A candle sputters. A curtain sways. A woman arches her back, her limbs bathed in a golden light. The angles, the body parts, the visuals are all familiar.
That’s because viewers of TV and film have been subjected to this kind of rote sex scene innumerable times. There are variations, but the outlines are generally the same: A compliant woman’s body is displayed in soft focus as a curtain sways and a triumphant man makes her writhe in grateful ecstasy.
“The curtain drives me berserk,” sighs Ronald D. Moore, executive producer of Starz’s “Outlander.” “Why is there a candle in the foreground? Why is the curtain [moving]? Where’s that wind coming from? Why is she always on top of him like that?”
These are only a few of Moore’s complaints about how sex scenes are typically shot and edited, and he has a point. Looking across the landscape of television, no matter what kind of show is under discussion — a premium cable drama, a broadcast network potboiler, a basic cable thriller — sexually charged scenes between characters too often follow a numbingly familiar script.
There are exceptions, of course, and many of them (“Master of None,” “Catastrophe,” “Transparent,” “Orange Is the New Black”) have one or both feet in the comedy realm; the hybrids are often far more comfortable with the idea of subverting or ignoring conventions. There are dramas that occasionally use sex as a perceptive storytelling device, among them “The Americans,” “Billions” and “Mr. Robot.” But all too often, supposedly adult dramas resort to banal cliches borrowed from porn or feature sensationalist moments that bear little relation to the sex lives of most human beings.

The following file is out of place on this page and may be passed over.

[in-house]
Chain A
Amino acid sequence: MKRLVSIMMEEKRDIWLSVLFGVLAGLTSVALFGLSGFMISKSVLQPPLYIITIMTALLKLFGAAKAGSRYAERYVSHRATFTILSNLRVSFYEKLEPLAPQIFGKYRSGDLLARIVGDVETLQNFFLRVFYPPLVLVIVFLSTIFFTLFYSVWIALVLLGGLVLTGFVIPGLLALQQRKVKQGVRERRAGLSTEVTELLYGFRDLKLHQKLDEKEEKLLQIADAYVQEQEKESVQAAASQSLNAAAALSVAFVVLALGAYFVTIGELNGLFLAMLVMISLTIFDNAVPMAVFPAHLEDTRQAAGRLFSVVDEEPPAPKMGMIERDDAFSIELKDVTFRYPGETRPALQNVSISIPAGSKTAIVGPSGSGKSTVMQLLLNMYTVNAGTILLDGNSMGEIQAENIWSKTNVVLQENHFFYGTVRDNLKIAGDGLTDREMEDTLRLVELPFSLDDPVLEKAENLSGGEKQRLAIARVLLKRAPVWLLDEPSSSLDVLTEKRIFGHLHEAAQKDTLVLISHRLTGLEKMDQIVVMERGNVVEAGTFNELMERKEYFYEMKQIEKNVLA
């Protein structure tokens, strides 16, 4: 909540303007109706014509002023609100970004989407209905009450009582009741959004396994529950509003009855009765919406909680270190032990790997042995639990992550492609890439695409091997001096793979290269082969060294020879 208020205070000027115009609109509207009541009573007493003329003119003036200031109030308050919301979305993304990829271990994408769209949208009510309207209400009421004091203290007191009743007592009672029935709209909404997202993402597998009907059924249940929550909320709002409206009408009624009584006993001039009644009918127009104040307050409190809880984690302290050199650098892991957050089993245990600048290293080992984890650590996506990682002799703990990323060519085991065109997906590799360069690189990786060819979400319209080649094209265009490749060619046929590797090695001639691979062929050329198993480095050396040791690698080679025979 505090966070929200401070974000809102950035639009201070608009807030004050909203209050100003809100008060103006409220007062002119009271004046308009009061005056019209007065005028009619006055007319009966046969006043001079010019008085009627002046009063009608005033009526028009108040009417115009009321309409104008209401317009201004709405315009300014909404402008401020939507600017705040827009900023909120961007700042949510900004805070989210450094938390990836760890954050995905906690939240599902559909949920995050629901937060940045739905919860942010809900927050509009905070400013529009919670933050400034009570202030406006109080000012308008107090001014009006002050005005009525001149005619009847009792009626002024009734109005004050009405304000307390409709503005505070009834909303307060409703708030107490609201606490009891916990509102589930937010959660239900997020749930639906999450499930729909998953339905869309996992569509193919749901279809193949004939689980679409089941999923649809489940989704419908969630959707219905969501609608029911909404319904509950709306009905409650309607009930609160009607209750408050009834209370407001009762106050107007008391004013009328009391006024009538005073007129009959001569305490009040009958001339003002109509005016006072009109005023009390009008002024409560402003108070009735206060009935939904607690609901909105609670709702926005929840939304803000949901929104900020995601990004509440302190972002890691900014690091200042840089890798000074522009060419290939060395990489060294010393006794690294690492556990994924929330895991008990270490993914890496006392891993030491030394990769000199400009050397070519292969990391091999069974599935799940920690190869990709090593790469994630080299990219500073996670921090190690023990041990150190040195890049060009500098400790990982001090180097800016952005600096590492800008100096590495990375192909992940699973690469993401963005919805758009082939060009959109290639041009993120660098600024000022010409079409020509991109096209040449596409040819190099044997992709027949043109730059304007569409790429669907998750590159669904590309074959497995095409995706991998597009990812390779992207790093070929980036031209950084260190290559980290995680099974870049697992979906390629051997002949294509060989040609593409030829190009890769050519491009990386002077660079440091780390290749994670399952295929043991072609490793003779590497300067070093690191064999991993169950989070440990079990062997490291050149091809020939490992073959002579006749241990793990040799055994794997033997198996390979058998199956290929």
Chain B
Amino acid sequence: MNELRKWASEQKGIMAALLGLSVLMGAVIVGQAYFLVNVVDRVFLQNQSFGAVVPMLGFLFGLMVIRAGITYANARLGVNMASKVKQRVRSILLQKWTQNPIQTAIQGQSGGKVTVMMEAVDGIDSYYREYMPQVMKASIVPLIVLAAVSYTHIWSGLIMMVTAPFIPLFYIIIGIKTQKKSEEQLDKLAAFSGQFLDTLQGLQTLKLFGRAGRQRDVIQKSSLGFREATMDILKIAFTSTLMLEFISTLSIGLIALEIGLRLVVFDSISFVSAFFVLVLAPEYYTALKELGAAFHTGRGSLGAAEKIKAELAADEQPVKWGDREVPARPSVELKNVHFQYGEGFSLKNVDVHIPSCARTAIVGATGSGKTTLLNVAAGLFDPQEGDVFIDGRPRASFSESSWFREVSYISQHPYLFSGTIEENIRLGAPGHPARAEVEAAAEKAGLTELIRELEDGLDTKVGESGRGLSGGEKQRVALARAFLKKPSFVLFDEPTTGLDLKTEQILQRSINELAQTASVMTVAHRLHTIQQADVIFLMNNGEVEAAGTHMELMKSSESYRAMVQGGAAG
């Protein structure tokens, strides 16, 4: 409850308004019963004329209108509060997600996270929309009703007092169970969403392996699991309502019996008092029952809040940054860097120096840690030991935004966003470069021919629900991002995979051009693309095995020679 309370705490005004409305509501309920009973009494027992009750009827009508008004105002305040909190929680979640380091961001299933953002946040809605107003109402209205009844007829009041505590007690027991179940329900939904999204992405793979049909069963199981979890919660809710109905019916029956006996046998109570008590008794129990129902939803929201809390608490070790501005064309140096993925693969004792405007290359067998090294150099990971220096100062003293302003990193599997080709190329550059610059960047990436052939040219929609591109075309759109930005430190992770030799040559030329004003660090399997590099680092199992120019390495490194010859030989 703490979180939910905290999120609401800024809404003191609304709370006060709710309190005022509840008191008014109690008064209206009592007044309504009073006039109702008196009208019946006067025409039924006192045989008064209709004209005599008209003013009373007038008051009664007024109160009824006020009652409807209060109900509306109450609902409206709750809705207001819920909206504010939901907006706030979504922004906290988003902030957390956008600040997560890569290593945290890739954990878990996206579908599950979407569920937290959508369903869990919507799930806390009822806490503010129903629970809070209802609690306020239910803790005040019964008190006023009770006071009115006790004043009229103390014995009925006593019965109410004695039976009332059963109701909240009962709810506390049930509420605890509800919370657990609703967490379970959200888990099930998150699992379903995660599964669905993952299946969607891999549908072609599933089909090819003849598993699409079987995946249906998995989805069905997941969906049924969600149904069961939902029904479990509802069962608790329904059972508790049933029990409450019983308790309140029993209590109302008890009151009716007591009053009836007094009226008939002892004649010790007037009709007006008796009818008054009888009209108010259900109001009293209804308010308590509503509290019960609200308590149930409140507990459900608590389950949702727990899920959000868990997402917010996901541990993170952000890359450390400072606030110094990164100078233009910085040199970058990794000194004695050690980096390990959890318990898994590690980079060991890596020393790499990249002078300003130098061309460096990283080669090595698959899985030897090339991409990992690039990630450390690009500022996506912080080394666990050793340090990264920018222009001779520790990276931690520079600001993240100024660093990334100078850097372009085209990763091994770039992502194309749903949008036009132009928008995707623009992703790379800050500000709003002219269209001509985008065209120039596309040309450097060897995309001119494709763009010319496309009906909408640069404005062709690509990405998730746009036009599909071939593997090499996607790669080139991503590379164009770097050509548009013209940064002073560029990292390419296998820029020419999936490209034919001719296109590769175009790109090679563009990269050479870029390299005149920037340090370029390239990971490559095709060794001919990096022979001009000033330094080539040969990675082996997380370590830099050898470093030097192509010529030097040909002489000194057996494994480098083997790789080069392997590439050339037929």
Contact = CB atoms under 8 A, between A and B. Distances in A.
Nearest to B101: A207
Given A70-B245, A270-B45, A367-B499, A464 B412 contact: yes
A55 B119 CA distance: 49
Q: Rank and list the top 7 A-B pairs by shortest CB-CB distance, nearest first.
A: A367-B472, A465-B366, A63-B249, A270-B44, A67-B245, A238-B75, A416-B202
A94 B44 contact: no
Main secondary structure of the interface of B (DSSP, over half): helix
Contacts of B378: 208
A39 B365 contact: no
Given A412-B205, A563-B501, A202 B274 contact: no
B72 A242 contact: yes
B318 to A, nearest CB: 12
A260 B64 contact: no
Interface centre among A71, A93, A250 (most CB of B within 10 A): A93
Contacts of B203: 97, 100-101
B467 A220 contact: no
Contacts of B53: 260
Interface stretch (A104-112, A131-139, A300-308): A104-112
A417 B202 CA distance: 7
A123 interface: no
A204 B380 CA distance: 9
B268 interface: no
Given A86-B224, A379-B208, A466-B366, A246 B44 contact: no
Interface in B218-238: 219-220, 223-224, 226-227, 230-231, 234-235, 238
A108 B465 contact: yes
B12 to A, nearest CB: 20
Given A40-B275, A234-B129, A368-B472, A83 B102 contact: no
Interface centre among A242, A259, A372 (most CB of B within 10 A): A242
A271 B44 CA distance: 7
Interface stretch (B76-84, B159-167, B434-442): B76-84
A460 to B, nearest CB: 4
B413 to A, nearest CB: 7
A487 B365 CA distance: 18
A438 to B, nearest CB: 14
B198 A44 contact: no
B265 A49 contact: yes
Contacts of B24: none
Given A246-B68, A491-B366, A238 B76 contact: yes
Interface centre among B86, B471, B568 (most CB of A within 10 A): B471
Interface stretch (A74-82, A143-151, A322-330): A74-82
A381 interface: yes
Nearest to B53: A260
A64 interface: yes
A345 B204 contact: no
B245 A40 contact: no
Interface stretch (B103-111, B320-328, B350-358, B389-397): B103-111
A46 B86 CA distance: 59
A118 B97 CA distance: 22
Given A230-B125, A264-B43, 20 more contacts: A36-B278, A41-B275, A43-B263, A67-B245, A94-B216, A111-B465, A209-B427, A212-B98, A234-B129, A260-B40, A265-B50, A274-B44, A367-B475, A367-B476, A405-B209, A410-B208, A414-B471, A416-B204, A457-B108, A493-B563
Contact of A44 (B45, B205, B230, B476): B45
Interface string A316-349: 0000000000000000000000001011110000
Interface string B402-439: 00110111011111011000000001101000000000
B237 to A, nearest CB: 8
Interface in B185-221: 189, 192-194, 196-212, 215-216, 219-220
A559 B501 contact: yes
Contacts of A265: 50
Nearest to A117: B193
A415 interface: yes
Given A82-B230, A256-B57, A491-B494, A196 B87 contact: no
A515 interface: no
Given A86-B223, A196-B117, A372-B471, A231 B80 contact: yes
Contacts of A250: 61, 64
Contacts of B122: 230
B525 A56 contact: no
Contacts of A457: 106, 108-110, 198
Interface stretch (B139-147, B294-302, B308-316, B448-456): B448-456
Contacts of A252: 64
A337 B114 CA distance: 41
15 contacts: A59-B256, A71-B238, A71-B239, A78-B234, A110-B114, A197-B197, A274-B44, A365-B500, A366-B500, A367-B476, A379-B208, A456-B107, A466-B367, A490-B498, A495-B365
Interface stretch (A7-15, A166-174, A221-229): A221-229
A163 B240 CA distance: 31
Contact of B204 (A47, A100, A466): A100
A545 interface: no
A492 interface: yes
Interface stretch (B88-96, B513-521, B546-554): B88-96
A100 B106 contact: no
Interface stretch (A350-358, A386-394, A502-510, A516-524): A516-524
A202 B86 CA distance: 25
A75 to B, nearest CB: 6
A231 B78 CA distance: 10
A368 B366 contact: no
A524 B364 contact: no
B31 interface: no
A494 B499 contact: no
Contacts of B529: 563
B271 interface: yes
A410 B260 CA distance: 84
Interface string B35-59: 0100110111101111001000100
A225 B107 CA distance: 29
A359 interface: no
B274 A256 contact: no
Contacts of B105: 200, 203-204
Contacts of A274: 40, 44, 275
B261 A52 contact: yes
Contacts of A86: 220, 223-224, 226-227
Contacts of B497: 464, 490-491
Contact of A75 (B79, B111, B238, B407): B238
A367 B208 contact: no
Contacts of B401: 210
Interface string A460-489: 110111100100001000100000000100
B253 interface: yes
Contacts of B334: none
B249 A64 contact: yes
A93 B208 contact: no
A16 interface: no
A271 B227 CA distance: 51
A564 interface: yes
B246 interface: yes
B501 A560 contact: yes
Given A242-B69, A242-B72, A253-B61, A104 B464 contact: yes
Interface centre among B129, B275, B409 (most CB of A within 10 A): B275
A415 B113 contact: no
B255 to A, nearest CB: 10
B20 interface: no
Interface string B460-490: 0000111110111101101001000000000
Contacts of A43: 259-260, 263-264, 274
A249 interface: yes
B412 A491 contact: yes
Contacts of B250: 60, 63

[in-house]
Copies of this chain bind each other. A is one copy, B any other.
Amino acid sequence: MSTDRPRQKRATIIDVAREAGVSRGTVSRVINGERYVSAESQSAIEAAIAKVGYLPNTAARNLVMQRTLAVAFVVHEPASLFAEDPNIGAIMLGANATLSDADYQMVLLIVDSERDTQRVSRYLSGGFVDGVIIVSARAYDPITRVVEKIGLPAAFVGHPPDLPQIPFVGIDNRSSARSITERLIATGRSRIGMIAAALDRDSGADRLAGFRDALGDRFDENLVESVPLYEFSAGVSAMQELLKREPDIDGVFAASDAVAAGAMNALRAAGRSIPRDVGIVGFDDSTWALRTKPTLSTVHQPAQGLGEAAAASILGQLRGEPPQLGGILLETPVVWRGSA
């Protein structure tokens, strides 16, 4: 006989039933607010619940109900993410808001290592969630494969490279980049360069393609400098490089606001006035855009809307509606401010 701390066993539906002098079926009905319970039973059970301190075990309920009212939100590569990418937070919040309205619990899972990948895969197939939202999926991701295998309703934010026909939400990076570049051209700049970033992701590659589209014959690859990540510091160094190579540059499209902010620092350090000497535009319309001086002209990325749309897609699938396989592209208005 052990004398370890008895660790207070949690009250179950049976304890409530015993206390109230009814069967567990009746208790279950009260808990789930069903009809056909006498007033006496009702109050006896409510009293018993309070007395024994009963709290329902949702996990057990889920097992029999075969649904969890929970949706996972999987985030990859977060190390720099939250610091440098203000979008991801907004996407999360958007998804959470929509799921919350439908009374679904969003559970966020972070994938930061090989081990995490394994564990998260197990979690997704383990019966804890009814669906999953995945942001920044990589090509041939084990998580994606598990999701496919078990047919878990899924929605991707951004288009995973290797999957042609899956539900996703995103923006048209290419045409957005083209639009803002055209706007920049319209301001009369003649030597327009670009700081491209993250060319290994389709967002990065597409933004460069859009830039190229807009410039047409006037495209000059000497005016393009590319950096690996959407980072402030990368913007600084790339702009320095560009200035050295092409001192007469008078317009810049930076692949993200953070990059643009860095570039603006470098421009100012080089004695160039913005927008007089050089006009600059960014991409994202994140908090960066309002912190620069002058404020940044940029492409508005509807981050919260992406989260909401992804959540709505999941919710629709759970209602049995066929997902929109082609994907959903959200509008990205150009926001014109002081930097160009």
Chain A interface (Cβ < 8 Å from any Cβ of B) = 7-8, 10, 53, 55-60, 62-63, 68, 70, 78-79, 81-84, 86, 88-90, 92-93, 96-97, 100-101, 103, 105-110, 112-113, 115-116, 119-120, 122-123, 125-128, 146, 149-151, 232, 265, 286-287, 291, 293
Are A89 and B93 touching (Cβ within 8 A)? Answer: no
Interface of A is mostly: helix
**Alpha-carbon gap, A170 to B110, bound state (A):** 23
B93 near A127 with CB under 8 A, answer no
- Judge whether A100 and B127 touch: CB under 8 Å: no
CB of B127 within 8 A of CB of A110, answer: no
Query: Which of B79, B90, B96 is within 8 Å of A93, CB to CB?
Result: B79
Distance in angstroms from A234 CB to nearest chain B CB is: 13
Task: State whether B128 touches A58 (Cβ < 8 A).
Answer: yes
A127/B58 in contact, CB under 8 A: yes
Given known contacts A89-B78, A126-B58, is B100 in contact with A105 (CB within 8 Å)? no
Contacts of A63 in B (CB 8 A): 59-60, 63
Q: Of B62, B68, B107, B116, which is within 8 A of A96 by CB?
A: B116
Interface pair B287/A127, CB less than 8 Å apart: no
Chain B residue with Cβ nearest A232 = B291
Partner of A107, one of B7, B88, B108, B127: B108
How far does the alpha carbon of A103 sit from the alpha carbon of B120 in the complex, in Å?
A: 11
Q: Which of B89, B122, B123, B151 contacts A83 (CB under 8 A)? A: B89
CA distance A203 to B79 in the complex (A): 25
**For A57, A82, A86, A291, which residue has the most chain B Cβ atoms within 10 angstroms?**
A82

When he set out to adapt Diana Gabaldon’s series of “Outlander” novels, Moore says, he told the show’s directors, “‘We’re not doing TV sex. TV sex is not real sex. No one has sex like that.’ And they would all laugh and say, ‘Yeah, that’s true. So what do you want to do?’ I said, ‘Just do it like the real deal.’ ”
For “Outlander,” pursuing a more realistic approach starts with the storytelling. Moore and his writers don’t necessarily mine every sex scene in the novels for the TV show: Every moment of intimacy between characters needs to be vital to the narrative.
“Why are we going to do this? What’s the story reason? What’s the character reason?” Moore says. “It’s not just about getting to see them naked again, because we’ve seen them naked, and they’re hot. We get it.”
The stars of “Outlander” are indeed mighty attractive, but what has won over many fans is the complex mixture of vulnerability and volcanic attraction that fuels the evolving bond between Jamie Fraser (Sam Heughan) and Claire Randall Fraser (Caitriona Balfe). The couple’s wedding has been the apex of the “Outlander” saga thus far, in large part because the sexual moments in that episode functioned like the songs in a classic musical: They told us important things about the characters and moved the story along.
Sexual acts on “Outlander” — including the damaging ones between Jamie and his tormentor, Jack Randall (Tobias Menzies) — represent important milestones for the two characters involved. They’re not there as decorations, to be easily forgotten.
Moore made sure that a woman, executive producer Anne Kenney, wrote the wedding episode, and another woman, Anna Foerster, directed it.
“I just felt, for whatever reason, a woman would approach the scene differently emotionally and intuitively, and probably differently visually,” Moore said. “It would be more about the meeting of these two people than it would be about eroticism or trying to make it look ‘sexy.’”